telling your partner to “be more responsible,” specify a behavior you
want to see more of: “I’d really appreciate it if you called me in the
afternoon if you will be late coming home from work.”

Helping with Words


Be Positive

Label Your


Offer An


Take Partial

Offer to Help

Where “positive” entails describing what you want, instead of what
you don’t want. This shifts the framing from critical and complaining to
supportive and doable, and ties into positive reinforcement strategies,
since it’s easier to reward someone for doing something—a concrete,
verifiable thing—than for not doing something. Being positive in this
way decreases defensiveness and promotes motivation. Framed
positively, “Stop making a mess in the kitchen” becomes “Please put
your dishes in the sink when you’re done.”

Kept brief and in proportion, a description of your emotional reaction to
the problem at hand can help elicit empathy and consideration from your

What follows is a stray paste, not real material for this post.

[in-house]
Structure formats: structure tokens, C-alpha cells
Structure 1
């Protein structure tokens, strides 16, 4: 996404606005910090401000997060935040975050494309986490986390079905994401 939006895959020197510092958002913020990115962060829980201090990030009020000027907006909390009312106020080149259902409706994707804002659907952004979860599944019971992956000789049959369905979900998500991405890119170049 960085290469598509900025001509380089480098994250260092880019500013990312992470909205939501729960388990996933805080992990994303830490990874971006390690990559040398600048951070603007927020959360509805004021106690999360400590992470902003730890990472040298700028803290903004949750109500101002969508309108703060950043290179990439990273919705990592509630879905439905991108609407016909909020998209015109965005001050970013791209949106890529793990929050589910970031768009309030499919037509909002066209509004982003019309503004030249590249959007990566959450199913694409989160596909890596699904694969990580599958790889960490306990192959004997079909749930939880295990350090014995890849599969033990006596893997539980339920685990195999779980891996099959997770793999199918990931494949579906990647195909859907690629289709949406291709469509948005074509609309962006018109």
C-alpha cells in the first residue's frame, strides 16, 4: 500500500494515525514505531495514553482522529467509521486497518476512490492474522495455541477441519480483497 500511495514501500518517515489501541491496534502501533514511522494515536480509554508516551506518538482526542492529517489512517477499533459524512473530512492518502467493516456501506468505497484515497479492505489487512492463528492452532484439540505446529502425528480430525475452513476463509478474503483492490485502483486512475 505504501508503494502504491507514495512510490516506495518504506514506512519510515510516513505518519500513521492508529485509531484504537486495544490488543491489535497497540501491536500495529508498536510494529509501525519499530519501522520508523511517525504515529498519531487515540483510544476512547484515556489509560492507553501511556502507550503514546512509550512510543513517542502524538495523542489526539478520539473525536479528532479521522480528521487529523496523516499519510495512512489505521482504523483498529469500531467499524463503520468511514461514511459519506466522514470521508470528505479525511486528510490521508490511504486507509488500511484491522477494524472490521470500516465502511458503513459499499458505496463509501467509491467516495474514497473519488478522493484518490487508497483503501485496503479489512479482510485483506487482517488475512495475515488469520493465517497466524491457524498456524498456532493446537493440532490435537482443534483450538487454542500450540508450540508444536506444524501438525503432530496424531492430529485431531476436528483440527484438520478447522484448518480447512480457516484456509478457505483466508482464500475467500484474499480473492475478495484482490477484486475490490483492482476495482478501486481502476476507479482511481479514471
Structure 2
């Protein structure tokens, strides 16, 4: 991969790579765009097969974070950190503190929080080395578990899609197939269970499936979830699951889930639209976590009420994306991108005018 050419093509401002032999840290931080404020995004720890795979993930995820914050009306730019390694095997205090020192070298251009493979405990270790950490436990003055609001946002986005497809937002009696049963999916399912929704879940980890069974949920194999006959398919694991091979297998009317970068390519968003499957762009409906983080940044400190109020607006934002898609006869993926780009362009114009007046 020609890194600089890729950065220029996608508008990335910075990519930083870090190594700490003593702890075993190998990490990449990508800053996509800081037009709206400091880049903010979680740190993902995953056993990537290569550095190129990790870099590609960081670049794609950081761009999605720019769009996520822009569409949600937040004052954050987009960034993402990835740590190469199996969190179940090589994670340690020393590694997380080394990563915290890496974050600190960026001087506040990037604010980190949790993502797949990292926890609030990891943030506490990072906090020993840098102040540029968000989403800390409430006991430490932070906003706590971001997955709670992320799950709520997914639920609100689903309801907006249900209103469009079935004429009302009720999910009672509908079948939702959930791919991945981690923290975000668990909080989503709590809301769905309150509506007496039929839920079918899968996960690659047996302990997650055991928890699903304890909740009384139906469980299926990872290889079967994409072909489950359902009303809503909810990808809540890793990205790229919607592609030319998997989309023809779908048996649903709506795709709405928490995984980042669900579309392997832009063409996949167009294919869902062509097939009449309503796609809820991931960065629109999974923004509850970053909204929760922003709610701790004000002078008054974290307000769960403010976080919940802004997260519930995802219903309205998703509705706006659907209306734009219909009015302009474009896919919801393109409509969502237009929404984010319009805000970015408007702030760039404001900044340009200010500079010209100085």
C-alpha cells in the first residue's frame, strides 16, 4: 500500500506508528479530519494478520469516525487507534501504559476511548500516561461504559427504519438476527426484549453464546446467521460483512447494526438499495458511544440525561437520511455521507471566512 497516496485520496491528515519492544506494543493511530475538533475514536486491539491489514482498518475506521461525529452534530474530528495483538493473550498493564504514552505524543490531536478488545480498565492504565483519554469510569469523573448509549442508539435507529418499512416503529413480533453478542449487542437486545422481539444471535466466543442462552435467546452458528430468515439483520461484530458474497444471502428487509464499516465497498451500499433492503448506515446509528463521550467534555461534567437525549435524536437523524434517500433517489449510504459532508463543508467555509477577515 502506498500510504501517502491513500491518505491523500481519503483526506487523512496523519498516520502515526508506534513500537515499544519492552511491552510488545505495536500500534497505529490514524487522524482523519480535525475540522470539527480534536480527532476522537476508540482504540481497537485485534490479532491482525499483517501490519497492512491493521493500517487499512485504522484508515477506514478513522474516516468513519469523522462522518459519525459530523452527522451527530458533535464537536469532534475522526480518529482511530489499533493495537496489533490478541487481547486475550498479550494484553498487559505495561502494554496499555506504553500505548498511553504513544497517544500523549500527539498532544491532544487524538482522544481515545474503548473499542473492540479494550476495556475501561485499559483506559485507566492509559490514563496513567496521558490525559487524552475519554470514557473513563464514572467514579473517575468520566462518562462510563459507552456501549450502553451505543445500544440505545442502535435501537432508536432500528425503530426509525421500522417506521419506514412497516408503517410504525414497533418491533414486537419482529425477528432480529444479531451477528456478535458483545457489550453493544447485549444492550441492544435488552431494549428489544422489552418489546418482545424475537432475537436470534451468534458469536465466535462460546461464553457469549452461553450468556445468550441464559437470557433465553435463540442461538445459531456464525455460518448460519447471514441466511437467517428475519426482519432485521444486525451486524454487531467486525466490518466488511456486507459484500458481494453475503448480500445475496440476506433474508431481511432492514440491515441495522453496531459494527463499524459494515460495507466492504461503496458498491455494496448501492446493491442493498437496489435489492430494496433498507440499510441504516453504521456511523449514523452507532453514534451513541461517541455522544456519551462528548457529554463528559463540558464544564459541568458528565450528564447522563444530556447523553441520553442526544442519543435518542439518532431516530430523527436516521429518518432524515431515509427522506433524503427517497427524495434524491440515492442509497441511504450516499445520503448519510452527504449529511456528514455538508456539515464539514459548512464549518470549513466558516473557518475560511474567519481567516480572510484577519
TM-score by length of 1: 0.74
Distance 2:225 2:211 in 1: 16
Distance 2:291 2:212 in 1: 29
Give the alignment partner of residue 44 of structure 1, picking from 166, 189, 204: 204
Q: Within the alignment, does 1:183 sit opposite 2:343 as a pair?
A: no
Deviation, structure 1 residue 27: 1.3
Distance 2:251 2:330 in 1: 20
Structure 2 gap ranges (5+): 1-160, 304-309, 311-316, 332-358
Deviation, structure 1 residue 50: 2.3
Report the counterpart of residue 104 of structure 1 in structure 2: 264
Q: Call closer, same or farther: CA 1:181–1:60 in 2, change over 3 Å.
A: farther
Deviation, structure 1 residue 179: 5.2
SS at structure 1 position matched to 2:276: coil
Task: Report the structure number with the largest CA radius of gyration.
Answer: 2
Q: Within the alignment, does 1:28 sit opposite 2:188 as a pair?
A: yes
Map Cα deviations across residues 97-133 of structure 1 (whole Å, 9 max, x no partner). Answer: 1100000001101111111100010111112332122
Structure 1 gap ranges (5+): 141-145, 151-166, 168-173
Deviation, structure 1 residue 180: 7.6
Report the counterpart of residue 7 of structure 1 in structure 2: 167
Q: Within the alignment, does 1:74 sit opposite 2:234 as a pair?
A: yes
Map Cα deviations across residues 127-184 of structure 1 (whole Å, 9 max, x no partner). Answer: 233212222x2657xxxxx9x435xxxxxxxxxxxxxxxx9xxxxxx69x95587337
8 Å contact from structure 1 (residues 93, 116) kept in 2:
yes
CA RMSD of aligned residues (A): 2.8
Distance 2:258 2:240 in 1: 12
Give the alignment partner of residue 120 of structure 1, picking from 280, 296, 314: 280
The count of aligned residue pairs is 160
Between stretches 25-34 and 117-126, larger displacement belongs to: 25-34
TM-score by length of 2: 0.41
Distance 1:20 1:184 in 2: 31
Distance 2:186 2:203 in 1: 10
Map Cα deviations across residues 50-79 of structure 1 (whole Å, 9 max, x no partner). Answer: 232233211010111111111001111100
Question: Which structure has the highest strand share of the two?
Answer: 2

partner. For best results, state your feelings in a calm, nonaccusatory
manner. If your feelings are very intense it can be good strategy to tone
them down, so if you were feeling “furious and terrified” you might say
“frustrated and worried.”

The more the other person believes that you “get” why he is acting the
way he is, the less defensive he will be and the more likely to hear you
and oblige. Plus, trying to understand your partner’s perspective builds
your empathy, which will help the relationship.

Sharing in a problem, even a tiny piece of the problem, decreases
defensiveness and promotes collaboration. It shows your partner that
you’re interested in solving, not blaming. Accepting partial responsibility
does not mean taking the blame or admitting fault; it communicates
“We’re in this together.”

Especially when phrased as a question, an offer to help can
communicate non-blaming, problem-solving support. Try asking, “Would